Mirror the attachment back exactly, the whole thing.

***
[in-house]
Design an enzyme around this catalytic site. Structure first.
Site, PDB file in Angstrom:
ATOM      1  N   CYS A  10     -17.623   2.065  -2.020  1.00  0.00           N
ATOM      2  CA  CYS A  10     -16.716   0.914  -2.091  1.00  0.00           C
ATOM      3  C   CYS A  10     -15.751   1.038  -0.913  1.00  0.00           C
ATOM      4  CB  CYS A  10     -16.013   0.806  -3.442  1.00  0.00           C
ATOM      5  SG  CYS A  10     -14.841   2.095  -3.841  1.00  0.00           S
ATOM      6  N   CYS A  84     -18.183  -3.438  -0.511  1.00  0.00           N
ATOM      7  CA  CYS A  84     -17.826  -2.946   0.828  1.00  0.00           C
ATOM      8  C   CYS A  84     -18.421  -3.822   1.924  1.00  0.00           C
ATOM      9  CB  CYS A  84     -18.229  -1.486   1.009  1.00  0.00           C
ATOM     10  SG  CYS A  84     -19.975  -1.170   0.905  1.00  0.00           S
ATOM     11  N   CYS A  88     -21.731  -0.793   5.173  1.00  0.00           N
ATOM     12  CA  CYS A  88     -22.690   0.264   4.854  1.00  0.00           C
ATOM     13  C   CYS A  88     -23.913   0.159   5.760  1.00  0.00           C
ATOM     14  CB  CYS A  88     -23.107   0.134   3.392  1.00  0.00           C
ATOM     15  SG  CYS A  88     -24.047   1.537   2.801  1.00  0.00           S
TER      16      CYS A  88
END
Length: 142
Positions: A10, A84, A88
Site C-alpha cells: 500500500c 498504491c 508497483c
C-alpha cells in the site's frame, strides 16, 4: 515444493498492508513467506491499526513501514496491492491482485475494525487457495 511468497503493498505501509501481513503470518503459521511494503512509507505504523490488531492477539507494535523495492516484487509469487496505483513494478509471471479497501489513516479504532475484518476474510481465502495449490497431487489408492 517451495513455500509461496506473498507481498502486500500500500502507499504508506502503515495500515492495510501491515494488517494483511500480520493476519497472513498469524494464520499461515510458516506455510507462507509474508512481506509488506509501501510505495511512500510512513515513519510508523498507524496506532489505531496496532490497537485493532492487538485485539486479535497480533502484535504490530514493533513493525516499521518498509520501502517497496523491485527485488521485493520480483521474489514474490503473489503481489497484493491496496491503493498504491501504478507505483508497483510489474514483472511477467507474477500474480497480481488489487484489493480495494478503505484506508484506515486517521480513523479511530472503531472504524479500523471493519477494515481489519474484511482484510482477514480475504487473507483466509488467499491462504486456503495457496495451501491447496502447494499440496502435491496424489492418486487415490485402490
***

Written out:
[in-house]
Design an enzyme around this catalytic site. Structure first.
Site, PDB file in Angstrom:
ATOM      1  N   CYS A  10     -17.623   2.065  -2.020  1.00  0.00           N
ATOM      2  CA  CYS A  10     -16.716   0.914  -2.091  1.00  0.00           C
ATOM      3  C   CYS A  10     -15.751   1.038  -0.913  1.00  0.00           C
ATOM      4  CB  CYS A  10     -16.013   0.806  -3.442  1.00  0.00           C
ATOM      5  SG  CYS A  10     -14.841   2.095  -3.841  1.00  0.00           S
ATOM      6  N   CYS A  84     -18.183  -3.438  -0.511  1.00  0.00           N
ATOM      7  CA  CYS A  84     -17.826  -2.946   0.828  1.00  0.00           C
ATOM      8  C   CYS A  84     -18.421  -3.822   1.924  1.00  0.00           C
ATOM      9  CB  CYS A  84     -18.229  -1.486   1.009  1.00  0.00           C
ATOM     10  SG  CYS A  84     -19.975  -1.170   0.905  1.00  0.00           S
ATOM     11  N   CYS A  88     -21.731  -0.793   5.173  1.00  0.00           N
ATOM     12  CA  CYS A  88     -22.690   0.264   4.854  1.00  0.00           C
ATOM     13  C   CYS A  88     -23.913   0.159   5.760  1.00  0.00           C
ATOM     14  CB  CYS A  88     -23.107   0.134   3.392  1.00  0.00           C
ATOM     15  SG  CYS A  88     -24.047   1.537   2.801  1.00  0.00           S
TER      16      CYS A  88
END
Length: 142
Positions: A10, A84, A88
Site C-alpha cells: 500500500c 498504491c 508497483c
C-alpha cells in the site's frame, strides 16, 4: 515444493498492508513467506491499526513501514496491492491482485475494525487457495 511468497503493498505501509501481513503470518503459521511494503512509507505504523490488531492477539507494535523495492516484487509469487496505483513494478509471471479497501489513516479504532475484518476474510481465502495449490497431487489408492 517451495513455500509461496506473498507481498502486500500500500502507499504508506502503515495500515492495510501491515494488517494483511500480520493476519497472513498469524494464520499461515510458516506455510507462507509474508512481506509488506509501501510505495511512500510512513515513519510508523498507524496506532489505531496496532490497537485493532492487538485485539486479535497480533502484535504490530514493533513493525516499521518498509520501502517497496523491485527485488521485493520480483521474489514474490503473489503481489497484493491496496491503493498504491501504478507505483508497483510489474514483472511477467507474477500474480497480481488489487484489493480495494478503505484506508484506515486517521480513523479511530472503531472504524479500523471493519477494515481489519474484511482484510482477514480475504487473507483466509488467499491462504486456503495457496495451501491447496502447494499440496502435491496424489492418486487415490485402490